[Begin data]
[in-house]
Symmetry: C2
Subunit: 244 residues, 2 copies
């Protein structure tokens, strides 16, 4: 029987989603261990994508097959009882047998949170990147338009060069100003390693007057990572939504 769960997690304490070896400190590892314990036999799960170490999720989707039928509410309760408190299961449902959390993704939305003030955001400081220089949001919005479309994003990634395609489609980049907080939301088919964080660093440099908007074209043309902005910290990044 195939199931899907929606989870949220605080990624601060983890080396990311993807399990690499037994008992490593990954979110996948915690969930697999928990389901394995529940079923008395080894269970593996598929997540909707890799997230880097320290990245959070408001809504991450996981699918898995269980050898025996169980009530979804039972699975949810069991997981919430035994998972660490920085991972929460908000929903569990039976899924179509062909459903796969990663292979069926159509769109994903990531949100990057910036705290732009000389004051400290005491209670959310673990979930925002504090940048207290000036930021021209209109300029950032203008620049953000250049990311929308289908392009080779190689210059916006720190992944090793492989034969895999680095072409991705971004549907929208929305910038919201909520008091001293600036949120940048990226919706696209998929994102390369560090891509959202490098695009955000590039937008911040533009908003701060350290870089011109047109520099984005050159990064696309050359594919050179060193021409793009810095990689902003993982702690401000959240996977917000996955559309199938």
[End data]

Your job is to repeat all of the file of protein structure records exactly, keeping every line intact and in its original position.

[in-house]
Symmetry: C2
Subunit: 244 residues, 2 copies
């Protein structure tokens, strides 16, 4: 029987989603261990994508097959009882047998949170990147338009060069100003390693007057990572939504 769960997690304490070896400190590892314990036999799960170490999720989707039928509410309760408190299961449902959390993704939305003030955001400081220089949001919005479309994003990634395609489609980049907080939301088919964080660093440099908007074209043309902005910290990044 195939199931899907929606989870949220605080990624601060983890080396990311993807399990690499037994008992490593990954979110996948915690969930697999928990389901394995529940079923008395080894269970593996598929997540909707890799997230880097320290990245959070408001809504991450996981699918898995269980050898025996169980009530979804039972699975949810069991997981919430035994998972660490920085991972929460908000929903569990039976899924179509062909459903796969990663292979069926159509769109994903990531949100990057910036705290732009000389004051400290005491209670959310673990979930925002504090940048207290000036930021021209209109300029950032203008620049953000250049990311929308289908392009080779190689210059916006720190992944090793492989034969895999680095072409991705971004549907929208929305910038919201909520008091001293600036949120940048990226919706696209998929994102390369560090891509959202490098695009955000590039937008911040533009908003701060350290870089011109047109520099984005050159990064696309050359594919050179060193021409793009810095990689902003993982702690401000959240996977917000996955559309199938």